Co-op graduate "gets his hands dirty" preserving BC's natural world

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Growing up in some of BC's most beautiful landscapes—from the snow-covered peaks in Whistler to the shores of the Salish Sea in Victoria—inspired Keegan Meyers to develop a deep appreciation for the natural world.

After he spent the year after high school working and snowboarding the mountains of Vancouver Island, he realized he wanted a degree that would allow him to work and play in the great outdoors.

That goal has now become a reality. Although the biology student formally graduates this June, he began working full-time as a wildlife biologist with LGL Limited Environmental Research Associates in Sidney just two days after his final exam in May. “It’s been a bit of a blur,” he says. “I’ve had to pinch myself that I’m already working.”

Meyer’s rapid transition from school to career was no accident. He’s a strong advocate of UVic’s co-op program, through which he completed work terms as a species-at-risk data management assistant at the Ministry of Environment’s B.C. Conservation Data Centre, as a research assistant in the Bark Beetle Ecology Lab at the Pacific Forestry Centre, and most recently as a field technician with LGL.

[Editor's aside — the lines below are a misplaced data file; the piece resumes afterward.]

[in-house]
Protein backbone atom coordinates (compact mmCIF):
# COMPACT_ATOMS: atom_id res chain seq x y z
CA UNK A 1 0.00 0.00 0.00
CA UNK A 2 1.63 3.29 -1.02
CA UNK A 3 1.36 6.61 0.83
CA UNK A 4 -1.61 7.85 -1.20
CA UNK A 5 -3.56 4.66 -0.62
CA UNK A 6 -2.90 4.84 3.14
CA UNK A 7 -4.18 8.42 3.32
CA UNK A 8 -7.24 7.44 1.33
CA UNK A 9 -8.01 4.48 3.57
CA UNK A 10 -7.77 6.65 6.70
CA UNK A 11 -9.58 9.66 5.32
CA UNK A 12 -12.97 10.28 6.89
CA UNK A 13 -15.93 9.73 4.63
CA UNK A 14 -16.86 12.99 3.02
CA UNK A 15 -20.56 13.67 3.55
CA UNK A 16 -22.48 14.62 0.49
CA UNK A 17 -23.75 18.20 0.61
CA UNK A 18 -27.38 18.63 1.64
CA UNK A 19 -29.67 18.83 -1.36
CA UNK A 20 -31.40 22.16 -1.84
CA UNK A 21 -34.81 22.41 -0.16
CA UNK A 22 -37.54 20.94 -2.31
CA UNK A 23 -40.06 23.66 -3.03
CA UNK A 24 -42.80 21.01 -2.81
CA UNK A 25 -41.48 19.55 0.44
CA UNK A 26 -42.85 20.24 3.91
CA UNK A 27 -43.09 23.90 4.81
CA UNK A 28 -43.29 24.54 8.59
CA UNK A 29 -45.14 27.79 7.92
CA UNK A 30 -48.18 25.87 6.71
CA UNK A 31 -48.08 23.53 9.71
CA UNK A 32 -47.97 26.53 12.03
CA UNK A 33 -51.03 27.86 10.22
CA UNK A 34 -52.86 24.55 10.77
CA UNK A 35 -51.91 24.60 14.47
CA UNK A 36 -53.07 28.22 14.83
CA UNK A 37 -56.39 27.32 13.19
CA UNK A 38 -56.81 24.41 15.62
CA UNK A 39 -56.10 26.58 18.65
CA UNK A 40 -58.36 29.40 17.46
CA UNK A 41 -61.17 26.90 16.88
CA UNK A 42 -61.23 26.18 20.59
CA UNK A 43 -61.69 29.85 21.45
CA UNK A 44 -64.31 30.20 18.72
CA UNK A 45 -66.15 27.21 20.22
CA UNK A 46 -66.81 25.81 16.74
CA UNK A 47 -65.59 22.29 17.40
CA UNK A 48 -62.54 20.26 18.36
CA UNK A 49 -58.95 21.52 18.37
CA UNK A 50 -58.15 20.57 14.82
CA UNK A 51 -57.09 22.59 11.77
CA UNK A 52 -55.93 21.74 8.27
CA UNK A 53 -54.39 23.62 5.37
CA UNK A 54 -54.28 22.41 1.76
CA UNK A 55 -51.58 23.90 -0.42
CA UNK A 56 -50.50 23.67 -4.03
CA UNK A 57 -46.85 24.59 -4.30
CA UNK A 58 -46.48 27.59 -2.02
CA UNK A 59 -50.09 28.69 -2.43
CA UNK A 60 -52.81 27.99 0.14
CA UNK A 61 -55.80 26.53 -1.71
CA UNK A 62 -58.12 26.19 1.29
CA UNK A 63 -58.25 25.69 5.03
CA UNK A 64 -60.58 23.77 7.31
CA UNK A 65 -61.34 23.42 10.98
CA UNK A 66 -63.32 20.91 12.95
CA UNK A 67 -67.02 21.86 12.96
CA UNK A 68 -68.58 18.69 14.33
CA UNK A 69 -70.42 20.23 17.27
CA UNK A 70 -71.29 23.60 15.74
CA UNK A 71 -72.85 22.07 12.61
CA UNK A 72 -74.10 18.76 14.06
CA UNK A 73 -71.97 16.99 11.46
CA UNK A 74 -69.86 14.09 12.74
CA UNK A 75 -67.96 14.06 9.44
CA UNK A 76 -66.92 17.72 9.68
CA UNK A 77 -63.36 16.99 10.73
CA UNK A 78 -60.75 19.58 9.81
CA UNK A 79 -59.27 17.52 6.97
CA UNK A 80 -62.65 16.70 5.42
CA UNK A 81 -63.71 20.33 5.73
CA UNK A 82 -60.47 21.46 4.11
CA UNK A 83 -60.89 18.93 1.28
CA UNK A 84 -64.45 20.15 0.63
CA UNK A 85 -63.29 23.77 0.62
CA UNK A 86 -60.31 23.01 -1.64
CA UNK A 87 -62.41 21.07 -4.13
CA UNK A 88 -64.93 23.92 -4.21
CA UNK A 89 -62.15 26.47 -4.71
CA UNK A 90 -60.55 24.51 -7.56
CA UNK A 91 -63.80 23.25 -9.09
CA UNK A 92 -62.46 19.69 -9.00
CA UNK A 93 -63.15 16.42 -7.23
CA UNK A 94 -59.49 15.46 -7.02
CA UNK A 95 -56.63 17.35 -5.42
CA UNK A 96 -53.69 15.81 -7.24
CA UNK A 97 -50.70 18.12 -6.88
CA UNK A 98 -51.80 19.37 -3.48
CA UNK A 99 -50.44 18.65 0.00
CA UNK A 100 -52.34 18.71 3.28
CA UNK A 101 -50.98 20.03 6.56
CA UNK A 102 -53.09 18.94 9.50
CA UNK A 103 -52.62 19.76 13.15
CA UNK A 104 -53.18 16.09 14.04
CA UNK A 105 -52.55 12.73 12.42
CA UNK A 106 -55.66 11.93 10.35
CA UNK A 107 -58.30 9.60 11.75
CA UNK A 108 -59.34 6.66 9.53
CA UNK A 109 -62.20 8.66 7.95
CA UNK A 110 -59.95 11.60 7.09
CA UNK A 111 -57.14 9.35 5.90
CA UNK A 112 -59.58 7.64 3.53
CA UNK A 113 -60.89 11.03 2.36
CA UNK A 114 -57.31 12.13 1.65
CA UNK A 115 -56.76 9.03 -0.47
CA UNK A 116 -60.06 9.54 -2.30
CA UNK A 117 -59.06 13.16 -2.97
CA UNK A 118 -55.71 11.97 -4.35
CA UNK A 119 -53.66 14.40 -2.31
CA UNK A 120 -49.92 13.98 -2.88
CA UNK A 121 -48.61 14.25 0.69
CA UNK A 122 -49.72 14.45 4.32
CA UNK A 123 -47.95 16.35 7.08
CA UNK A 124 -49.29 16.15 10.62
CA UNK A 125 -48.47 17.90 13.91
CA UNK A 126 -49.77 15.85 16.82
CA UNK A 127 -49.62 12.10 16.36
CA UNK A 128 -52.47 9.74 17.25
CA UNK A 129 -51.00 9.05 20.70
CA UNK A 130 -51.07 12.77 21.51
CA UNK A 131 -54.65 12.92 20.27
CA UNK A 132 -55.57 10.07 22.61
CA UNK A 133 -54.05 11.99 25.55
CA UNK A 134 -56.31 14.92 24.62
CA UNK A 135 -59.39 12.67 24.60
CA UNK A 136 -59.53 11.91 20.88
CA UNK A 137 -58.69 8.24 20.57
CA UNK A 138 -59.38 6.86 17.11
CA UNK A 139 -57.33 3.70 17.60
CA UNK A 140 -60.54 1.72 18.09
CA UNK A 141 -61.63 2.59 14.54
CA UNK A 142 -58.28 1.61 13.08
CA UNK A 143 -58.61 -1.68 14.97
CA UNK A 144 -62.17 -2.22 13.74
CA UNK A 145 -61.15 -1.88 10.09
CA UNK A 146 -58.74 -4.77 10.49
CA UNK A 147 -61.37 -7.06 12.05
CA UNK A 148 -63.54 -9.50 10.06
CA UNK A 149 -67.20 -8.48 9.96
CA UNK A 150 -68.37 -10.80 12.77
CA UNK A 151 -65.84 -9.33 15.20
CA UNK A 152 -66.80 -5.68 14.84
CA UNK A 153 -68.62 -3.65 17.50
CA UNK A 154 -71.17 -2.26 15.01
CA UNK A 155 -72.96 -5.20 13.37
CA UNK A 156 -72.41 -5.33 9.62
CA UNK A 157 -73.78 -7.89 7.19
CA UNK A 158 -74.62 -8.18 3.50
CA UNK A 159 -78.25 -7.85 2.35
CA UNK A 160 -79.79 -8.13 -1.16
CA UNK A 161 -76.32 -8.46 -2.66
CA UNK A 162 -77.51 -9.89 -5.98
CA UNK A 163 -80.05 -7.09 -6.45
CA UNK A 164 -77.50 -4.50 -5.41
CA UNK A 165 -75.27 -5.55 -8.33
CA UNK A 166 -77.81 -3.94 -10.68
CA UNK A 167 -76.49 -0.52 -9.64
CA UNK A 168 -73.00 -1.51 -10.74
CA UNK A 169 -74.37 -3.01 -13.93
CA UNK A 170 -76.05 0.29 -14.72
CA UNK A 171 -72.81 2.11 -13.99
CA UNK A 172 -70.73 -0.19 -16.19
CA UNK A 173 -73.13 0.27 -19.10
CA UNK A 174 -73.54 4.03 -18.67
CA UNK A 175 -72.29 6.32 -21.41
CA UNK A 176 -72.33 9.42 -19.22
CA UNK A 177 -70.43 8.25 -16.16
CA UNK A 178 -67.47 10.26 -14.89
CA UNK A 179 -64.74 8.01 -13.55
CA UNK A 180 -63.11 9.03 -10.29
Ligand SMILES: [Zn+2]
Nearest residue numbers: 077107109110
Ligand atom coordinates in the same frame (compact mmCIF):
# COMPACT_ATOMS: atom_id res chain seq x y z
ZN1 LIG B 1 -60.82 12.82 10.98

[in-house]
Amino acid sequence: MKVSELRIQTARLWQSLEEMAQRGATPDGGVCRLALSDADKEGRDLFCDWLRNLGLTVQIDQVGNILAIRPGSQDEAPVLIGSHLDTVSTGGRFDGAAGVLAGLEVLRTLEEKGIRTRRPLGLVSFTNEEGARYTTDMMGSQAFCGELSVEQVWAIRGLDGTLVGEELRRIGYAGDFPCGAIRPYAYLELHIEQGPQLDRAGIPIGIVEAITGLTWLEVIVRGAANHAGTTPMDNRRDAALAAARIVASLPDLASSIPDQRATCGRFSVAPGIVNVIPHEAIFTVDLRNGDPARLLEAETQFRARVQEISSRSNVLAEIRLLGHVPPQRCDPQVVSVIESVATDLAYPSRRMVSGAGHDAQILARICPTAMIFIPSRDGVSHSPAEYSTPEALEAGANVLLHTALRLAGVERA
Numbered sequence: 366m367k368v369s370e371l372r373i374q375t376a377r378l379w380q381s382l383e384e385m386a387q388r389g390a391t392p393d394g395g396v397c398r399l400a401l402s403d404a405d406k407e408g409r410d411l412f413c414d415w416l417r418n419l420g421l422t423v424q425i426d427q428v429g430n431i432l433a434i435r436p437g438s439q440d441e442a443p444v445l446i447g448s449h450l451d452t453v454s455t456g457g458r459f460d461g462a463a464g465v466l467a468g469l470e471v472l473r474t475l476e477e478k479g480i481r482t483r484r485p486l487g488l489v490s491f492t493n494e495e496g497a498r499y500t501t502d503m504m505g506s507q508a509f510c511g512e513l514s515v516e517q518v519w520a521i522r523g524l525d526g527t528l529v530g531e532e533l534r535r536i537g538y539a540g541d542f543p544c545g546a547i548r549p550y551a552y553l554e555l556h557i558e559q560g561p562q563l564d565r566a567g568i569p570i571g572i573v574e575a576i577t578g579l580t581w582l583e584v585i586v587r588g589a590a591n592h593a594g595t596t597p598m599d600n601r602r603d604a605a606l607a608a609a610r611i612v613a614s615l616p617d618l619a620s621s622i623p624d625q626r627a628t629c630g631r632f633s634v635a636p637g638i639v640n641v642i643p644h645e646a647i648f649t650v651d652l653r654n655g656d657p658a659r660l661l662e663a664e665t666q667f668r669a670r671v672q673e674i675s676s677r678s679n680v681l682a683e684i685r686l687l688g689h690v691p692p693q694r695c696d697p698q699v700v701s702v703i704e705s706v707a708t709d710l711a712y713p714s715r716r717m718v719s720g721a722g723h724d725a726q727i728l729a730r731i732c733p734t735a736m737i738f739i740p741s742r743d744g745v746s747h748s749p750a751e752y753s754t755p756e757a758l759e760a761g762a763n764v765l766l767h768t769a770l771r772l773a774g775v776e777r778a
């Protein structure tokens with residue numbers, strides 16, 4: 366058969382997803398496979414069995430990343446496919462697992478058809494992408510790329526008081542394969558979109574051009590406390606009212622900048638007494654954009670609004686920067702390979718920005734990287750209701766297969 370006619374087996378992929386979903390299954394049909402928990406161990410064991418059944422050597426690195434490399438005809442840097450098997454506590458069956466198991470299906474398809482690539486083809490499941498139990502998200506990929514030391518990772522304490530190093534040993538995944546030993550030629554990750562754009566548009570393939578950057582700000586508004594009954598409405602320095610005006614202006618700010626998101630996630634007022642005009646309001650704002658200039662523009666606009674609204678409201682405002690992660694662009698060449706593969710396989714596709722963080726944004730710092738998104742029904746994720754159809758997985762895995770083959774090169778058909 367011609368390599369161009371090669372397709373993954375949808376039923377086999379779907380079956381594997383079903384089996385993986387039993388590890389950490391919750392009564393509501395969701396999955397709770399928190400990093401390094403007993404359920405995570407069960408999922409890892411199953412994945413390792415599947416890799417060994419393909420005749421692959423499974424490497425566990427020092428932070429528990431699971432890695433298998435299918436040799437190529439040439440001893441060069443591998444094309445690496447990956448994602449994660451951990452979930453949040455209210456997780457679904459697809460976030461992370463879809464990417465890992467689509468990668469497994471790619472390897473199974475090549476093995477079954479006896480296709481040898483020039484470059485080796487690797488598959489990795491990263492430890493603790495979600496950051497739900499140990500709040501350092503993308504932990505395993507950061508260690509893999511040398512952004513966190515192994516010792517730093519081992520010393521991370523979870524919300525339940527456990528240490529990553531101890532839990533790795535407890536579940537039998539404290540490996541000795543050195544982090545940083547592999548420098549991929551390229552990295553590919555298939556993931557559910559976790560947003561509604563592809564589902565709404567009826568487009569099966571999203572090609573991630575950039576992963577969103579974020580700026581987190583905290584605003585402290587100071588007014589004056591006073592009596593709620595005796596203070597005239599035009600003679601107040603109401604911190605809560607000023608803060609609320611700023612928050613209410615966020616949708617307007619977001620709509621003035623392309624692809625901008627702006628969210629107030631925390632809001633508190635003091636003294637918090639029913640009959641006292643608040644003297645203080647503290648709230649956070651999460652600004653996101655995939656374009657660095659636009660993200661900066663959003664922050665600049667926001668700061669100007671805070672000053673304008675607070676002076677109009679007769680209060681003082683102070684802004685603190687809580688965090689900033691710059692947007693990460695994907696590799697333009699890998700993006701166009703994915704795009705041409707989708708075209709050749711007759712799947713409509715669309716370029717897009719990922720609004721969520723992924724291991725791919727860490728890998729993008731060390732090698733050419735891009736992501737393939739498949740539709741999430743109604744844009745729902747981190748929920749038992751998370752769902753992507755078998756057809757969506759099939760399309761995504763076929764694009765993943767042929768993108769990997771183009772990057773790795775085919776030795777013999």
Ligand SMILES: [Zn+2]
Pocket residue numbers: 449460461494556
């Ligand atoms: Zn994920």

This last experience found him surveying how western painted turtles use habitat in the Revelstoke Reach wetlands. “I was really able to get my hands dirty—I spent my work days in a canoe—that’s pretty hard to beat.”

Each of Meyers’ co-op experiences further cemented his love of biology, so when his former co-op supervisor at LGL recommended that he apply for a permanent position at the company, he didn’t hesitate.

“I wouldn’t be where I am right now without the co-op program,” he says. “It has been fundamental to securing a job with a great company.”

Meyers recently returned from the Kinbasket Reservoir near Golden, where he spent two weeks surveying western toad and Columbia spotted frog breeding habits. At the end of the May, he’ll head up to Fort McMurray to conduct a study of small mammals that are carving out habitats in areas formerly leased for oil sand use.

“I’m so excited to travel throughout this amazing province applying the skills I’ve learned at UVic—everything from herpetology to ichthyology—and contributing to meaningful research. At the end of the day I’d like to try and leave the world a better place, and UVic has helped me do that.”

Read more at The Ring